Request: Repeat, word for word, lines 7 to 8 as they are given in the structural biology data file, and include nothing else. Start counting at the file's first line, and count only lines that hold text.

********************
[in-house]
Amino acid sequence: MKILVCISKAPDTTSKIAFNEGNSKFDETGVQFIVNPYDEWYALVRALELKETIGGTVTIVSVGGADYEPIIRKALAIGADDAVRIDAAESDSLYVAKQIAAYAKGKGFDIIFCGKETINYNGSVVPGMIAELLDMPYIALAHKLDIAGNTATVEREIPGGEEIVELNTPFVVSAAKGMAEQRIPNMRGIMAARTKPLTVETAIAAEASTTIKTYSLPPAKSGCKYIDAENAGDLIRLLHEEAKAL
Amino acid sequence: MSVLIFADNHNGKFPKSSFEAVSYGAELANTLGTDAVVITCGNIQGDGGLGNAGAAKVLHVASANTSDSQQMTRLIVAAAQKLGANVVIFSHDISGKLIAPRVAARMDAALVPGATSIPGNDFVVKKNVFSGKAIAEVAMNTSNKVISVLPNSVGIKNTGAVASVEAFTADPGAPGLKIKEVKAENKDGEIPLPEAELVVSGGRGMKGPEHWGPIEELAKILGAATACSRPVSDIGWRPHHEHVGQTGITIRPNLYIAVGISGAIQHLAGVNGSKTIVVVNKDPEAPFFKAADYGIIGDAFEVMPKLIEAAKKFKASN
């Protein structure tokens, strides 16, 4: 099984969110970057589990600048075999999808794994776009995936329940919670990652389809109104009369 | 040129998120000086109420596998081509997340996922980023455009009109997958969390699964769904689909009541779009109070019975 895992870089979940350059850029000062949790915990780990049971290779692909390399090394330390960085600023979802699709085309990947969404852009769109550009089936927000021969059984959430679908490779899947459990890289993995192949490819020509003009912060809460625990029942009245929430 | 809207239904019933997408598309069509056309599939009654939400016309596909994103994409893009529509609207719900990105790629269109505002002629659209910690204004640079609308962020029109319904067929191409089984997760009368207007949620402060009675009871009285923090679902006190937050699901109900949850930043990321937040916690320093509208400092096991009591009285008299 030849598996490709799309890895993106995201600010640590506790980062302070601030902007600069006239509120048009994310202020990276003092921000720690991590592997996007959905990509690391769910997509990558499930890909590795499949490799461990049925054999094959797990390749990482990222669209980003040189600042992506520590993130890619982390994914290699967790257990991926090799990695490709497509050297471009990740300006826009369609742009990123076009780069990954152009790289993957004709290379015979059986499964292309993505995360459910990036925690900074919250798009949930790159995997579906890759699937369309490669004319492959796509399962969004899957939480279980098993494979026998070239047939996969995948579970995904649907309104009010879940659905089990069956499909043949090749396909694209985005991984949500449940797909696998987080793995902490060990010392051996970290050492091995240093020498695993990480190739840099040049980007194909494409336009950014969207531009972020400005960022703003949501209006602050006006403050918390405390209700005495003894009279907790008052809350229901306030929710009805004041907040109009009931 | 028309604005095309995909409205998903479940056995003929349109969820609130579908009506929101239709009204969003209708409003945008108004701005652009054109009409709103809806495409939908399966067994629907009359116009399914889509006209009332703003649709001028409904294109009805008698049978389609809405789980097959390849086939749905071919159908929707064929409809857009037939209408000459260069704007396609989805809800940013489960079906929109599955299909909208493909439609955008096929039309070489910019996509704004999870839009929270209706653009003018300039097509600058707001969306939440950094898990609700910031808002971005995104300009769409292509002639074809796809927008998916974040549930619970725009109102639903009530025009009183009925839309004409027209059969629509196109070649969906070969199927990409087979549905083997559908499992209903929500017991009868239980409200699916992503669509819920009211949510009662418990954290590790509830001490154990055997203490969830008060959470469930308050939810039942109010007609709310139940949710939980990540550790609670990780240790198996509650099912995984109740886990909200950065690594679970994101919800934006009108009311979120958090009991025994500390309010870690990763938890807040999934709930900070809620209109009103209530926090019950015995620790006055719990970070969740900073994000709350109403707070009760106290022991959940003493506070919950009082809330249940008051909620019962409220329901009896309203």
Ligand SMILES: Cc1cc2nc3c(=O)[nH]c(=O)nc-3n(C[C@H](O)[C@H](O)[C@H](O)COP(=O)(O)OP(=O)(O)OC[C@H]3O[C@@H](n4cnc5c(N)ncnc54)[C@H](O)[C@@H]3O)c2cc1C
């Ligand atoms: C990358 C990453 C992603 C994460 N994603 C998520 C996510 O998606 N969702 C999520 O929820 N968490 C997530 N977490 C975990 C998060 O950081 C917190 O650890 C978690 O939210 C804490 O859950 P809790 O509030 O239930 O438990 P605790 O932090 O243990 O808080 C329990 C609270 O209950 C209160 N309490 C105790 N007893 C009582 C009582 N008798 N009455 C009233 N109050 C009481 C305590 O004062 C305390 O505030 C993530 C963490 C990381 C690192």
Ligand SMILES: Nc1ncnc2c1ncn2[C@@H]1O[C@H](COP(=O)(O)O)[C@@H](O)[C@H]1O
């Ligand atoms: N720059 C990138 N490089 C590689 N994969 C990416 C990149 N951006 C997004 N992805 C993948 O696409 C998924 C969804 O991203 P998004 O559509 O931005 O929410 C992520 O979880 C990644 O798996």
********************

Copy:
Ligand SMILES: Nc1ncnc2c1ncn2[C@@H]1O[C@H](COP(=O)(O)O)[C@@H](O)[C@H]1O
């Ligand atoms: N720059 C990138 N490089 C590689 N994969 C990416 C990149 N951006 C997004 N992805 C993948 O696409 C998924 C969804 O991203 P998004 O559509 O931005 O929410 C992520 O979880 C990644 O798996």